Lindem, A., Patel, K., Zandi, S., Haas, J., and X. Xu,
              "BGP Logical Link Discovery Protocol (LLDP) Peer
              Discovery", draft-acee-idr-lldp-peer-discovery-08 (work in
              progress), December 2020.

              Lindem, A., Patel, K., Zandi, S., and R. Raszuk, "OSPF
              Extensions for Advertising/Signaling BGP Route Reflector
              Information", draft-acee-ospf-bgp-rr-01 (work in
              progress), September 2017.

              Bush, R., Austein, R., and K. Patel, "Layer 3 Discovery
              and Liveness", draft-ietf-lsvr-l3dl-07 (work in progress),
              January 2021.

              Bush, R. and R. Austein, "Layer 3 Discovery and Liveness
              Signing", draft-ietf-lsvr-l3dl-signing-01 (work in
              progress), January 2021.

              Bush, R. and K. Patel, "L3DL Upper Layer Protocol
              Configuration", draft-ietf-lsvr-l3dl-ulpc-01 (work in
              progress), January 2021.

              Bush, R., Austein, R., and K. Patel, "Link State Over
              Ethernet", draft-ietf-lsvr-lsoe-01 (work in progress),
              February 2019.

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              Raszuk, R., Mitchell, J., Kumari, W., Patel, K., and J.
              Scudder, "BGP Auto Discovery", draft-raszuk-idr-bgp-auto-
              discovery-06 (work in progress), December 2019.

              Raszuk, R., "BGP Automated Session Setup", draft-raszuk-
              idr-bgp-auto-session-setup-01 (work in progress), December

              Xu, X., Talaulikar, K., Bi, K., Tantsura, J., and N.
              Triantafillis, "BGP Neighbor Discovery", draft-xu-idr-
              neighbor-autodiscovery-12 (work in progress), November

   [RFC0826]  Plummer, D., "An Ethernet Address Resolution Protocol: Or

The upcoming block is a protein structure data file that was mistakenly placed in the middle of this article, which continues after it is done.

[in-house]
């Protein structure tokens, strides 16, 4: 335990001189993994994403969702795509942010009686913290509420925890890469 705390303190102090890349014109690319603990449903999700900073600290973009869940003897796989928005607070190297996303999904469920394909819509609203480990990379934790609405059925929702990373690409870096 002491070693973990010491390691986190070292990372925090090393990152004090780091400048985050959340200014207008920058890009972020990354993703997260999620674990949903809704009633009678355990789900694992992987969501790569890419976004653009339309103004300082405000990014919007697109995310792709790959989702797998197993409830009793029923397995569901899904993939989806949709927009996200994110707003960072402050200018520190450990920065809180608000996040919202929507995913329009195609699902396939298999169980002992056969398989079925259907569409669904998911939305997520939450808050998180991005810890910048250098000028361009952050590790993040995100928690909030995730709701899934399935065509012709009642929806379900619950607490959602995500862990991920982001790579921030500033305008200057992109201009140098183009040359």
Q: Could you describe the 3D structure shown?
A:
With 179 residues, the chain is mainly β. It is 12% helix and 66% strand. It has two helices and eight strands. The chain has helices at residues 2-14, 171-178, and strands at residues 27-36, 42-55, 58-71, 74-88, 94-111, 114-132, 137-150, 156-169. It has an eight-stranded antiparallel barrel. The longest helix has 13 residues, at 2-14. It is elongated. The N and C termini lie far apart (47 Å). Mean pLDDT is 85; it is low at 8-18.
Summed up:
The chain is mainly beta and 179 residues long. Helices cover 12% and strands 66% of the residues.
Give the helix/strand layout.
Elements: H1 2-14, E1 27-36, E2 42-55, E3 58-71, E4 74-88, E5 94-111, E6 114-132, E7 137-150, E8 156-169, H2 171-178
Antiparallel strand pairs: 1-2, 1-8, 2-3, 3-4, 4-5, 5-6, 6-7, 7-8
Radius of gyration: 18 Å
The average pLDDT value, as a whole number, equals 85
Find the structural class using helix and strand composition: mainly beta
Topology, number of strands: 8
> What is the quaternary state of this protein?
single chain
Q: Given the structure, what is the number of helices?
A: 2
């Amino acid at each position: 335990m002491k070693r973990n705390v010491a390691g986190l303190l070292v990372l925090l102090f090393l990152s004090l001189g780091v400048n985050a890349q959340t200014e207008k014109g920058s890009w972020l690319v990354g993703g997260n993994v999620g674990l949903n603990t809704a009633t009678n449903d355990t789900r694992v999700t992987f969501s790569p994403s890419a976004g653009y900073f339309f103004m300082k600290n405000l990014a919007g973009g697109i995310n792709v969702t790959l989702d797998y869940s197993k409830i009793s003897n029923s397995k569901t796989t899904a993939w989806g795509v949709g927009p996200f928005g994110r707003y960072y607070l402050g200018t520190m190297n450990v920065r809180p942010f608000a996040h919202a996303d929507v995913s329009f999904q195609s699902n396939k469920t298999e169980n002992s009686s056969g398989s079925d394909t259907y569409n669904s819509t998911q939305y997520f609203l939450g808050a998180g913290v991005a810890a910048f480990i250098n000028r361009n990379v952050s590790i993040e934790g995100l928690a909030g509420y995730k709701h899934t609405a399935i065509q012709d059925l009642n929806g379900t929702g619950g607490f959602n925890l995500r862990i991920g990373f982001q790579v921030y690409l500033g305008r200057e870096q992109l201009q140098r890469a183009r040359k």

Converting Network Protocol Addresses to 48.bit Ethernet
              Address for Transmission on Ethernet Hardware", STD 37,
              RFC 826, DOI 10.17487/RFC0826, November 1982,

   [RFC2385]  Heffernan, A., "Protection of BGP Sessions via the TCP MD5
              Signature Option", RFC 2385, DOI 10.17487/RFC2385, August
              1998, <https://www.rfc-editor.org/info/rfc2385>.

   [RFC4272]  Murphy, S., "BGP Security Vulnerabilities Analysis",
              RFC 4272, DOI 10.17487/RFC4272, January 2006,

   [RFC4301]  Kent, S. and K. Seo, "Security Architecture for the
              Internet Protocol", RFC 4301, DOI 10.17487/RFC4301,
              December 2005, <https://www.rfc-editor.org/info/rfc4301>.

   [RFC4861]  Narten, T., Nordmark, E., Simpson, W., and H. Soliman,
              "Neighbor Discovery for IP version 6 (IPv6)", RFC 4861,
              DOI 10.17487/RFC4861, September 2007,

   [RFC5082]  Gill, V., Heasley, J., Meyer, D., Savola, P., Ed., and C.
              Pignataro, "The Generalized TTL Security Mechanism
              (GTSM)", RFC 5082, DOI 10.17487/RFC5082, October 2007,

   [RFC5880]  Katz, D. and D. Ward, "Bidirectional Forwarding Detection
              (BFD)", RFC 5880, DOI 10.17487/RFC5880, June 2010,

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   [RFC5925]  Touch, J., Mankin, A., and R. Bonica, "The TCP